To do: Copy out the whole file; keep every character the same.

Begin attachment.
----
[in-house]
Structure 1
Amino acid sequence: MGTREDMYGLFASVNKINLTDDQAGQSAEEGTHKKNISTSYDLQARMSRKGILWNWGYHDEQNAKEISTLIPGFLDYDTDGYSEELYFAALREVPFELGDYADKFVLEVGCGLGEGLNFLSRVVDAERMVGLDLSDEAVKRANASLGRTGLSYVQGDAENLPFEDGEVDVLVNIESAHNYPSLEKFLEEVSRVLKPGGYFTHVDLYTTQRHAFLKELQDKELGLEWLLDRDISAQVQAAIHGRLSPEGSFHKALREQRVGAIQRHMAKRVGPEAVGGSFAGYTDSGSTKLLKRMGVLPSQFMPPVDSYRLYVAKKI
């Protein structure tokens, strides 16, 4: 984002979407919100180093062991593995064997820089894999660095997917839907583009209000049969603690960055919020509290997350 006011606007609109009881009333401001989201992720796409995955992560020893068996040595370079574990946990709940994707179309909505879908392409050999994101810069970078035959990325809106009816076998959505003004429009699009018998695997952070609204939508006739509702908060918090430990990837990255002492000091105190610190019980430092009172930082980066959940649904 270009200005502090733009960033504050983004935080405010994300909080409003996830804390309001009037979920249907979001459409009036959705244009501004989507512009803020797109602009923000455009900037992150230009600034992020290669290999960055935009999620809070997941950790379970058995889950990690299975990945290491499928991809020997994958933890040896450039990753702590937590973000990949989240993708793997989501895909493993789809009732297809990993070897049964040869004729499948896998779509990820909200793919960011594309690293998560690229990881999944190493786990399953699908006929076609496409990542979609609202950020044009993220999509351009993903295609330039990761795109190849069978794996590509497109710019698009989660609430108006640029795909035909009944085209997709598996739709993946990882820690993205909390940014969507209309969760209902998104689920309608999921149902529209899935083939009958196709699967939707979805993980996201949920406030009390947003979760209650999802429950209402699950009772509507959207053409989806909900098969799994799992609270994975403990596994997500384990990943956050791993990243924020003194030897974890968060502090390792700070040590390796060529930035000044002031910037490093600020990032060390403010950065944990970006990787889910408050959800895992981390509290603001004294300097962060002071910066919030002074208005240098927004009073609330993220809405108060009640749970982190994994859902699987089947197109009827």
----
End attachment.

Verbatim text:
[in-house]
Structure 1
Amino acid sequence: MGTREDMYGLFASVNKINLTDDQAGQSAEEGTHKKNISTSYDLQARMSRKGILWNWGYHDEQNAKEISTLIPGFLDYDTDGYSEELYFAALREVPFELGDYADKFVLEVGCGLGEGLNFLSRVVDAERMVGLDLSDEAVKRANASLGRTGLSYVQGDAENLPFEDGEVDVLVNIESAHNYPSLEKFLEEVSRVLKPGGYFTHVDLYTTQRHAFLKELQDKELGLEWLLDRDISAQVQAAIHGRLSPEGSFHKALREQRVGAIQRHMAKRVGPEAVGGSFAGYTDSGSTKLLKRMGVLPSQFMPPVDSYRLYVAKKI
């Protein structure tokens, strides 16, 4: 984002979407919100180093062991593995064997820089894999660095997917839907583009209000049969603690960055919020509290997350 006011606007609109009881009333401001989201992720796409995955992560020893068996040595370079574990946990709940994707179309909505879908392409050999994101810069970078035959990325809106009816076998959505003004429009699009018998695997952070609204939508006739509702908060918090430990990837990255002492000091105190610190019980430092009172930082980066959940649904 270009200005502090733009960033504050983004935080405010994300909080409003996830804390309001009037979920249907979001459409009036959705244009501004989507512009803020797109602009923000455009900037992150230009600034992020290669290999960055935009999620809070997941950790379970058995889950990690299975990945290491499928991809020997994958933890040896450039990753702590937590973000990949989240993708793997989501895909493993789809009732297809990993070897049964040869004729499948896998779509990820909200793919960011594309690293998560690229990881999944190493786990399953699908006929076609496409990542979609609202950020044009993220999509351009993903295609330039990761795109190849069978794996590509497109710019698009989660609430108006640029795909035909009944085209997709598996739709993946990882820690993205909390940014969507209309969760209902998104689920309608999921149902529209899935083939009958196709699967939707979805993980996201949920406030009390947003979760209650999802429950209402699950009772509507959207053409989806909900098969799994799992609270994975403990596994997500384990990943956050791993990243924020003194030897974890968060502090390792700070040590390796060529930035000044002031910037490093600020990032060390403010950065944990970006990787889910408050959800895992981390509290603001004294300097962060002071910066919030002074208005240098927004009073609330993220809405108060009640749970982190994994859902699987089947197109009827």